“Laws are like sausages, it is better not to see them being made.”Otto von Bismarck
If you sell group health insurance, you know that Congress is about as important to your business as the carriers you represent and the employers that buy the coverage.
But, if you have not yet spent much time working in agent association legislative affairs efforts, you may not realize that senators and representatives are just the most visible of the many people on Capitol Hill who help shape group health legislation. The lawmakers’ staff members also play a major role in developing and “shaping” group health bills.
“Shaping” refers to the process of staff members using suggestions from many sources to form cohesive bills that (they hope) will be supported by many people.
The overwhelming volume of bills introduced makes it impossible for members to do much drafting. In 2001 and 2002, for example, members of the 107th Congress introduced 5,767 bills in the House and 3,181 bills in the Senate. Members of Congress could not draft that many bills, or even read that many bills.
Although only a member of Congress can introduce a bill, anyone can suggest a bill. Recommendations for bill topics come from members of Congress, congressional staff members, interest groups, state and local initiatives, party leaders, the White House, executive agencies, and individual citizens. Any of those parties may also help draft the bill.
Lawmakers’ personal staff members, who are usually young and idealistic, rarely shape bills, although they may bring suggestions to the lawmakers’ legislative directors. Personal staff members are assigned several topic areas and may develop some expertise on some issues.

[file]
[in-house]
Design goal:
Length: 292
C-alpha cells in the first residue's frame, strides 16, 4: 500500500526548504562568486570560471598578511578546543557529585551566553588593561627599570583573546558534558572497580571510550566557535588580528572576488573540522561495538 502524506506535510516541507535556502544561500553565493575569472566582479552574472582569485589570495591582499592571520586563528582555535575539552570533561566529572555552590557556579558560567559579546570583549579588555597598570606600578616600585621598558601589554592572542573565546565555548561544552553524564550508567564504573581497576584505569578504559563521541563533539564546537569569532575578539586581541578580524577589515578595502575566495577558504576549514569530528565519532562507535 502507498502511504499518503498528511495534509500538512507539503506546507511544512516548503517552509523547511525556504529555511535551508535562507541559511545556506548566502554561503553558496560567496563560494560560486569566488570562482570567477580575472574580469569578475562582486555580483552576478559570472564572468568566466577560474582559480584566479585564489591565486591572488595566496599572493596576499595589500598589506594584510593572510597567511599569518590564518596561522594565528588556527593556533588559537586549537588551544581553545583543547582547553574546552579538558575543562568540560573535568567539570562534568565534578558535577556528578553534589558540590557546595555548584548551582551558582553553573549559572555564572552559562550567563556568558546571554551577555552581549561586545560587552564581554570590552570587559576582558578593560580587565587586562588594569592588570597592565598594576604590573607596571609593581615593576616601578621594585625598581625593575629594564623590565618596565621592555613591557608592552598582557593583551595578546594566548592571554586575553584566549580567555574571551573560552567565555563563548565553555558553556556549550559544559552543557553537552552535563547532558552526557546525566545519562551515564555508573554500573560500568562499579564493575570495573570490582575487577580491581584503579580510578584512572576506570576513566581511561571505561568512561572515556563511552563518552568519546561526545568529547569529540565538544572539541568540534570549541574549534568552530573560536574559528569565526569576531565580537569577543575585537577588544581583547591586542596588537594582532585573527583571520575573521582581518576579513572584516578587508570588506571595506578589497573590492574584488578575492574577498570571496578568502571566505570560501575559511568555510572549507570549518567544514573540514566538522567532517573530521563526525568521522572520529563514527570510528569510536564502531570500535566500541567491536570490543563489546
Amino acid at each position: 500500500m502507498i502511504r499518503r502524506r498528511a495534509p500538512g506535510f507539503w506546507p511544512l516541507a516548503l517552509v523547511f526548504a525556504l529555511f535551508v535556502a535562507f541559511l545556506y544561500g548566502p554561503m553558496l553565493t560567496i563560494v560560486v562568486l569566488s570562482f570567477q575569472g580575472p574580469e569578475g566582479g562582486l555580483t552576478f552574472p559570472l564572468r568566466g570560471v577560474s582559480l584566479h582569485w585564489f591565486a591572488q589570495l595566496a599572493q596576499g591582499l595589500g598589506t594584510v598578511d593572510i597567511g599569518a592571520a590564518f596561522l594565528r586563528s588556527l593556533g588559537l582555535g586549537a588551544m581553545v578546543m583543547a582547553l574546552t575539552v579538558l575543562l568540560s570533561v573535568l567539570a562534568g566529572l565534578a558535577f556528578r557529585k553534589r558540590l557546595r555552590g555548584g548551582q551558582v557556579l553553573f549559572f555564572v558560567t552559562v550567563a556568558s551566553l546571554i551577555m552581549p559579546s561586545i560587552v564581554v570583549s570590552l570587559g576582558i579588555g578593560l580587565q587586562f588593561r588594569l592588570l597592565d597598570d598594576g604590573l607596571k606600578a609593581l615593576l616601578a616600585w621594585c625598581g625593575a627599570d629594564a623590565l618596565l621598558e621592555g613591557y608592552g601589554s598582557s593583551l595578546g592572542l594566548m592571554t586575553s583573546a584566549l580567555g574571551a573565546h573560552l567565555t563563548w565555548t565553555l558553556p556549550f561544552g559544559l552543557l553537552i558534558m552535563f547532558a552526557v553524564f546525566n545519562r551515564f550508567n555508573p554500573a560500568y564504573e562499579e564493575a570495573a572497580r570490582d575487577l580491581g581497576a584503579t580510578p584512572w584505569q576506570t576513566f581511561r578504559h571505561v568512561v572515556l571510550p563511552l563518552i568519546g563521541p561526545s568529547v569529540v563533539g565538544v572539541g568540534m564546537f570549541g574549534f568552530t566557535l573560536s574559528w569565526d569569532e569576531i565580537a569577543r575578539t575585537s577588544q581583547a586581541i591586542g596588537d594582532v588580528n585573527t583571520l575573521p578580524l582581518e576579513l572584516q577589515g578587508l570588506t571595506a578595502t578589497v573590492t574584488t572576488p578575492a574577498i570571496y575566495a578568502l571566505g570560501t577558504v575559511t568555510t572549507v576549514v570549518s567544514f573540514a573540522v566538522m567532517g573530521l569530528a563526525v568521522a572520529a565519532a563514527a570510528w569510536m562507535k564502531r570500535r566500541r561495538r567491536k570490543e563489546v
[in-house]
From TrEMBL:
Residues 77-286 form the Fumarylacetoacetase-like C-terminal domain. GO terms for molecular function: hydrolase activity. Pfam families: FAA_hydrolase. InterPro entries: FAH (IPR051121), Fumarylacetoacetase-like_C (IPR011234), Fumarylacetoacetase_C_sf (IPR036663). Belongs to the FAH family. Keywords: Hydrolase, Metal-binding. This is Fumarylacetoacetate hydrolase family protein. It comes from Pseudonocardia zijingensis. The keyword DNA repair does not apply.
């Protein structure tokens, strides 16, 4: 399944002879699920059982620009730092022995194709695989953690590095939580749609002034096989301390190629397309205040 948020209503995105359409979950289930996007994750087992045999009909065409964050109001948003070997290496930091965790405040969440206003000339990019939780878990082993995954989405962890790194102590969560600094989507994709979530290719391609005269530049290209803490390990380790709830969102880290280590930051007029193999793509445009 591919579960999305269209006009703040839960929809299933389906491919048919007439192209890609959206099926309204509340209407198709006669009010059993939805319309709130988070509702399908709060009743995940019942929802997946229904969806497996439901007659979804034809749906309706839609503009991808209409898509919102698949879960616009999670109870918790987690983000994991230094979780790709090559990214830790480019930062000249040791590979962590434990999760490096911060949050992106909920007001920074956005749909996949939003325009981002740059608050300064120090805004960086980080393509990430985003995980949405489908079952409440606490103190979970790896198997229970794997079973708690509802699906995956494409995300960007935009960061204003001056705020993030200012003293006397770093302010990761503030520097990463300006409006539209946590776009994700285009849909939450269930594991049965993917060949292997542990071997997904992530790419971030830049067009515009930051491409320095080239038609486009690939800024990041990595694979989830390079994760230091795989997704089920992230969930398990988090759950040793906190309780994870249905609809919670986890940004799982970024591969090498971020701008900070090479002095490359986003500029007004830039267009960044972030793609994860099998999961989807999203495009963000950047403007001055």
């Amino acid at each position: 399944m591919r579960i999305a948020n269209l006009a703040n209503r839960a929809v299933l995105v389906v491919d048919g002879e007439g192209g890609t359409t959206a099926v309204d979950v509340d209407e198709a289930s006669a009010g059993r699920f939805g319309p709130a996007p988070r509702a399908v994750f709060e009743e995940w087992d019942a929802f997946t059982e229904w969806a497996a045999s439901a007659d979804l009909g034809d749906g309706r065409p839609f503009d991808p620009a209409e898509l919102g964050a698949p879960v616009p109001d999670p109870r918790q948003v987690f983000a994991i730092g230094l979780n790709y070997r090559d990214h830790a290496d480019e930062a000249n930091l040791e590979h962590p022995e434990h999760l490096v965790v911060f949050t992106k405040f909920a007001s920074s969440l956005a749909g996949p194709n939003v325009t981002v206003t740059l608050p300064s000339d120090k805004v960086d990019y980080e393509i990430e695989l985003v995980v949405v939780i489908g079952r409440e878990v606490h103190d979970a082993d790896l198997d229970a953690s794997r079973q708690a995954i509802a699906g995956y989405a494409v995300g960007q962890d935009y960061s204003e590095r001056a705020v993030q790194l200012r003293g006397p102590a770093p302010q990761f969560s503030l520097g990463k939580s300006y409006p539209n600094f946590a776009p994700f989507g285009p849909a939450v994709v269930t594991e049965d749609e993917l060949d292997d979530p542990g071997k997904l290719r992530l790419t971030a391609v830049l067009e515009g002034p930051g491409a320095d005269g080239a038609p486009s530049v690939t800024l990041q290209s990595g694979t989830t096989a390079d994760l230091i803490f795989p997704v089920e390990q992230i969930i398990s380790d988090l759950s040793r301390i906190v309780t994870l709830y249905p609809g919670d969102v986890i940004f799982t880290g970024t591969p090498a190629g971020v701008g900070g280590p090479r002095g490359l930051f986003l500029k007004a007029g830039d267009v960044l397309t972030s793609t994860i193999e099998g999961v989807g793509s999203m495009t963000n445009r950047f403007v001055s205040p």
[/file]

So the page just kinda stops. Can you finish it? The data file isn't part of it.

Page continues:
The House and Senate Offices of Legislative Counsel initially draft most bills. The OLCs are nonpartisan and are made up of attorneys and other staff members. The attorneys do the drafting of bills and are experts on certain policy issues. The OLC does not actually shape the bill, but rather puts the content into proper form.
Once a bill has been introduced, it is assigned to a committee. The committee staff then shapes the bill. Committee staff members, usually more experienced than personal staff, bring a greater degree of expertise on issues. OLC attorneys work with the committees and they are assigned to specific committees based on their policy expertise.
Special interests also play an important role in shaping bills. They have much expertise about the policy issue and provide ideas and information. They may affect the bill through efforts at public persuasion, such as advertisements and political pressure, and they also may affect the bill through meetings with staff. Lobbyists cannot afford to lie or mislead, so the information they provide is usually honest, though it may be biased. A good lobbyist will provide information and arguments supporting both their position and the opposite side. Lobbyists on both sides of an issue will talk to the staff about a bill.
In most sessions of Congress, fewer than 25% of the bills introduced are passed. Benefit bills are particularly difficult to pass. In order for a bill to become law, it is essential that the affected industry be mostly united.
Classic cases demonstrating the importance of industry support occurred in 1994 and in 2003.
In 1994, the health insurance industry opposed the Clinton health reform plan. Through intense lobbying and the famous “Harry and Louise” ads, the reform proposal was defeated in Congress.
In 2003, the health insurance industry, the prescription drug industry and the AARP, Washington, all supported the final draft of the prescription drug bill, and it passed both houses of Congress.
Joseph Luchok is an Arlington, Va., communications consultant. He can be contacted by e-mail at email@example.com
Reproduced from National Underwriter Edition, April 19, 2004. Copyright 2004 by The National Underwriter Company in the serial publication. All rights reserved. Copyright in this article as an independent work may be held by the author.